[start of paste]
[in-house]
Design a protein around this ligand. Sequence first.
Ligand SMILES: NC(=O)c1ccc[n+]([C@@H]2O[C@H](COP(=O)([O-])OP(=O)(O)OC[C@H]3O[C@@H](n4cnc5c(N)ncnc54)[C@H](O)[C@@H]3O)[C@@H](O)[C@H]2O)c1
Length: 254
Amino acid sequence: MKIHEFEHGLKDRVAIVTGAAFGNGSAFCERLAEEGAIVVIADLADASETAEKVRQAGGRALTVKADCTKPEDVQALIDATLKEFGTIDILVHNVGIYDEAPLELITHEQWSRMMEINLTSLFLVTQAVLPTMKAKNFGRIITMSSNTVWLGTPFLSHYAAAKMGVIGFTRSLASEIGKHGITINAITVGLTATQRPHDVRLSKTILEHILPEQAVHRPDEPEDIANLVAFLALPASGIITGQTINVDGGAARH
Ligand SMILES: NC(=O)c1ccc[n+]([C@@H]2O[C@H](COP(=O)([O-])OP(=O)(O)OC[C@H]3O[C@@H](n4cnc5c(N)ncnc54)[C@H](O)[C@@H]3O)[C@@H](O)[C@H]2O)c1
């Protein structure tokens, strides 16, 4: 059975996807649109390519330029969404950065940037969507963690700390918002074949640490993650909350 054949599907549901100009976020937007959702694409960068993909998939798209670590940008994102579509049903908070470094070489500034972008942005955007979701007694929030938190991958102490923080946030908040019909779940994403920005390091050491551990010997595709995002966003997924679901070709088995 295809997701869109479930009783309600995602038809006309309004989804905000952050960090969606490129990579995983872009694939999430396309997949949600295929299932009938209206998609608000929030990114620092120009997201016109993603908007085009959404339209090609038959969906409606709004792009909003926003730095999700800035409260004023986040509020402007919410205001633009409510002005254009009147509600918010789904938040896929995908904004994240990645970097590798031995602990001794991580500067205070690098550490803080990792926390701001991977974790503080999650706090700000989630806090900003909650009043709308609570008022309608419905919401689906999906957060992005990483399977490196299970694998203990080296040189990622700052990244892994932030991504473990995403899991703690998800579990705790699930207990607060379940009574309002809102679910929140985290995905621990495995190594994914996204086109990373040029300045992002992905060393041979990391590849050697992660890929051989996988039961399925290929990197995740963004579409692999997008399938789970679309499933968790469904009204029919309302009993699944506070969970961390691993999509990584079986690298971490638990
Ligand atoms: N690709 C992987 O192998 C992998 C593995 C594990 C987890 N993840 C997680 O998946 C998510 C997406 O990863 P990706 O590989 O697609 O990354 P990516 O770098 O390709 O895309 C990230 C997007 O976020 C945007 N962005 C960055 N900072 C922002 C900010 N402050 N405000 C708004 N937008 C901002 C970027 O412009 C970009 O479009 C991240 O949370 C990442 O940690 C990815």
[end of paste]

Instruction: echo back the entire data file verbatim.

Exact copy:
[in-house]
Design a protein around this ligand. Sequence first.
Ligand SMILES: NC(=O)c1ccc[n+]([C@@H]2O[C@H](COP(=O)([O-])OP(=O)(O)OC[C@H]3O[C@@H](n4cnc5c(N)ncnc54)[C@H](O)[C@@H]3O)[C@@H](O)[C@H]2O)c1
Length: 254
Amino acid sequence: MKIHEFEHGLKDRVAIVTGAAFGNGSAFCERLAEEGAIVVIADLADASETAEKVRQAGGRALTVKADCTKPEDVQALIDATLKEFGTIDILVHNVGIYDEAPLELITHEQWSRMMEINLTSLFLVTQAVLPTMKAKNFGRIITMSSNTVWLGTPFLSHYAAAKMGVIGFTRSLASEIGKHGITINAITVGLTATQRPHDVRLSKTILEHILPEQAVHRPDEPEDIANLVAFLALPASGIITGQTINVDGGAARH
Ligand SMILES: NC(=O)c1ccc[n+]([C@@H]2O[C@H](COP(=O)([O-])OP(=O)(O)OC[C@H]3O[C@@H](n4cnc5c(N)ncnc54)[C@H](O)[C@@H]3O)[C@@H](O)[C@H]2O)c1
């Protein structure tokens, strides 16, 4: 059975996807649109390519330029969404950065940037969507963690700390918002074949640490993650909350 054949599907549901100009976020937007959702694409960068993909998939798209670590940008994102579509049903908070470094070489500034972008942005955007979701007694929030938190991958102490923080946030908040019909779940994403920005390091050491551990010997595709995002966003997924679901070709088995 295809997701869109479930009783309600995602038809006309309004989804905000952050960090969606490129990579995983872009694939999430396309997949949600295929299932009938209206998609608000929030990114620092120009997201016109993603908007085009959404339209090609038959969906409606709004792009909003926003730095999700800035409260004023986040509020402007919410205001633009409510002005254009009147509600918010789904938040896929995908904004994240990645970097590798031995602990001794991580500067205070690098550490803080990792926390701001991977974790503080999650706090700000989630806090900003909650009043709308609570008022309608419905919401689906999906957060992005990483399977490196299970694998203990080296040189990622700052990244892994932030991504473990995403899991703690998800579990705790699930207990607060379940009574309002809102679910929140985290995905621990495995190594994914996204086109990373040029300045992002992905060393041979990391590849050697992660890929051989996988039961399925290929990197995740963004579409692999997008399938789970679309499933968790469904009204029919309302009993699944506070969970961390691993999509990584079986690298971490638990
Ligand atoms: N690709 C992987 O192998 C992998 C593995 C594990 C987890 N993840 C997680 O998946 C998510 C997406 O990863 P990706 O590989 O697609 O990354 P990516 O770098 O390709 O895309 C990230 C997007 O976020 C945007 N962005 C960055 N900072 C922002 C900010 N402050 N405000 C708004 N937008 C901002 C970027 O412009 C970009 O479009 C991240 O949370 C990442 O940690 C990815």